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Report No. 29

74. Special rules of evidence.-Besides provisions modifying mens rea1, and similar provisions there are special rules of evidence laid down in respect of many of the offences in question. An example is section 14 of the Essential Commodities Act2, which provides that where a person is prosecuted for contravening any order made under section 3 (of the Act), being an order which prohibits him from doing any act or being in possession of a thing, without lawful authority or without a permit, licence or other document, the burden of proving that he had such authority, permit, licence, or other document shall be on him3.

1. Paras. 50-60, supra.

2. Section 14, Essential Commodities Act, 1955 (10 of 1955).

3. For an exhaustive discussion of statutory reversals of onus, see Glanville Williams, Criminal Law, The General Part, (1961), p. 896, et seq. para. 292 and p. 867, para. 284.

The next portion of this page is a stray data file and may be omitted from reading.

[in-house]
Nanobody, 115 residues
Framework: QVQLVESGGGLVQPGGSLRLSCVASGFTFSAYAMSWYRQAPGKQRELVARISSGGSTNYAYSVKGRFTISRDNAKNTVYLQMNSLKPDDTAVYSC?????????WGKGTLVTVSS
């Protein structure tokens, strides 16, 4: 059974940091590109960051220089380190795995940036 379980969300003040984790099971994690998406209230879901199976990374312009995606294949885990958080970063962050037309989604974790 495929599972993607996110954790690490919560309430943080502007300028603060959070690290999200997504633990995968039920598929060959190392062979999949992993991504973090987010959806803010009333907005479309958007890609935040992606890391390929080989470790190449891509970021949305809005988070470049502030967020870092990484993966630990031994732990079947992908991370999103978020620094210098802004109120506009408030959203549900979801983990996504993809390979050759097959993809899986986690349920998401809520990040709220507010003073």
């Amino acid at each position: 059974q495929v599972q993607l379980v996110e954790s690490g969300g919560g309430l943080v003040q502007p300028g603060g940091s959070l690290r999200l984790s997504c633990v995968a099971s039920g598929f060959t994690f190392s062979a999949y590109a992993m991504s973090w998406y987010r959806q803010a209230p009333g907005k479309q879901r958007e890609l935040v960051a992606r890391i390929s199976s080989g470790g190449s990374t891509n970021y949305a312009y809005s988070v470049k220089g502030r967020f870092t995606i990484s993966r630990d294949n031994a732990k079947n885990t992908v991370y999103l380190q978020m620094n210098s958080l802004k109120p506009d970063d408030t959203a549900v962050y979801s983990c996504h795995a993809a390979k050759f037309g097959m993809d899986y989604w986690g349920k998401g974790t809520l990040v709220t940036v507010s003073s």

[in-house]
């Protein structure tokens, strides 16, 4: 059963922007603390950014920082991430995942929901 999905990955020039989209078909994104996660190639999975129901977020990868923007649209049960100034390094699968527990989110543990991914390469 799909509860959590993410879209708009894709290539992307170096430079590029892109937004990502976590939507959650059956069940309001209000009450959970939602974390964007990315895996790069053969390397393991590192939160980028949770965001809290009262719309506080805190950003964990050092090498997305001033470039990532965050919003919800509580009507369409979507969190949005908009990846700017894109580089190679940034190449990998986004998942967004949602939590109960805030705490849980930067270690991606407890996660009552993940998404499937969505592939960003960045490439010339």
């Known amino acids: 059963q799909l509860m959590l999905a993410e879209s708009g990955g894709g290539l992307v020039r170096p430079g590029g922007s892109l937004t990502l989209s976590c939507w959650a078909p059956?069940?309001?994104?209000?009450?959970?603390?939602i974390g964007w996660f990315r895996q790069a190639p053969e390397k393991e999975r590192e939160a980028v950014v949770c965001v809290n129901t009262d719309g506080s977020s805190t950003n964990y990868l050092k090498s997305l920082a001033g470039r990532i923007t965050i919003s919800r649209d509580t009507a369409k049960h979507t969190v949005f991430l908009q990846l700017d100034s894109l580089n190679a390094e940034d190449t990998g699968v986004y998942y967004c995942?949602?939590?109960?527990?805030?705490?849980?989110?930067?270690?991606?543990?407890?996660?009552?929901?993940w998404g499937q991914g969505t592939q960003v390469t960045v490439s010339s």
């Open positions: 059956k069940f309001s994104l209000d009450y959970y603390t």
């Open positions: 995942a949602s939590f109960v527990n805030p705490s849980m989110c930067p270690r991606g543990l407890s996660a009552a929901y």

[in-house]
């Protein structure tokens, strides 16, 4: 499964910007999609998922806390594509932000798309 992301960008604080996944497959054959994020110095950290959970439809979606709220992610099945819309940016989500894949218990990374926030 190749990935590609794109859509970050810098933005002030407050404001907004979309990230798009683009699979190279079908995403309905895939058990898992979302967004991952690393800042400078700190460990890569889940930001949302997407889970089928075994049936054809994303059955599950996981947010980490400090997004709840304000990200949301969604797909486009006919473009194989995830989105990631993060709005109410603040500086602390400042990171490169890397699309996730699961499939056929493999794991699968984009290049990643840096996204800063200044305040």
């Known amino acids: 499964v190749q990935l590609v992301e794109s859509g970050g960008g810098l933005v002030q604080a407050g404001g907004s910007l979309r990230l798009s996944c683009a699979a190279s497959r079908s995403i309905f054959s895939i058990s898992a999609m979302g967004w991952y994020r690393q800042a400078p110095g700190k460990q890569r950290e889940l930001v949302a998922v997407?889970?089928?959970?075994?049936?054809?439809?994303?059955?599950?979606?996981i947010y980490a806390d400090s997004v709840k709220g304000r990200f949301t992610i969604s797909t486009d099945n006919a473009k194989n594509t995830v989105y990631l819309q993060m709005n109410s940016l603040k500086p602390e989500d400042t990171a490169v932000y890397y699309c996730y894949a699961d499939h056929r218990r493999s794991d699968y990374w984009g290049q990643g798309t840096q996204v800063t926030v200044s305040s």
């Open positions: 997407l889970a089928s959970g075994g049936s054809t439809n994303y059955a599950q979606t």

75. Another familiar example of a special rule of evidence is section 123 of the Customs Act1, which applies to "gold, diamonds, manufactures of gold or diamonds, watches and other notified goods2". Under this section, where such goods are seized under the Act 'section 110 read with section 2(34)1, in the reasonable belief that they are smuggled goods, the burden of proving that they are not smuggled goods shall be on the person from whose possession they were seized3.

1. The Customs Act, 1962 (52 of 1962)

2. This corresponds to old section 178A, which was enacted in pursuance of the recommendations made by the Taxation Enquiry Commission, Report, Vol. 2, pp. 320 and 321.

3. See Babulal v. Collector of Customs, AIR 1957 SC 877 (880).



Proposal to include certain Social and Economic Offences in the Indian Penal Code Back




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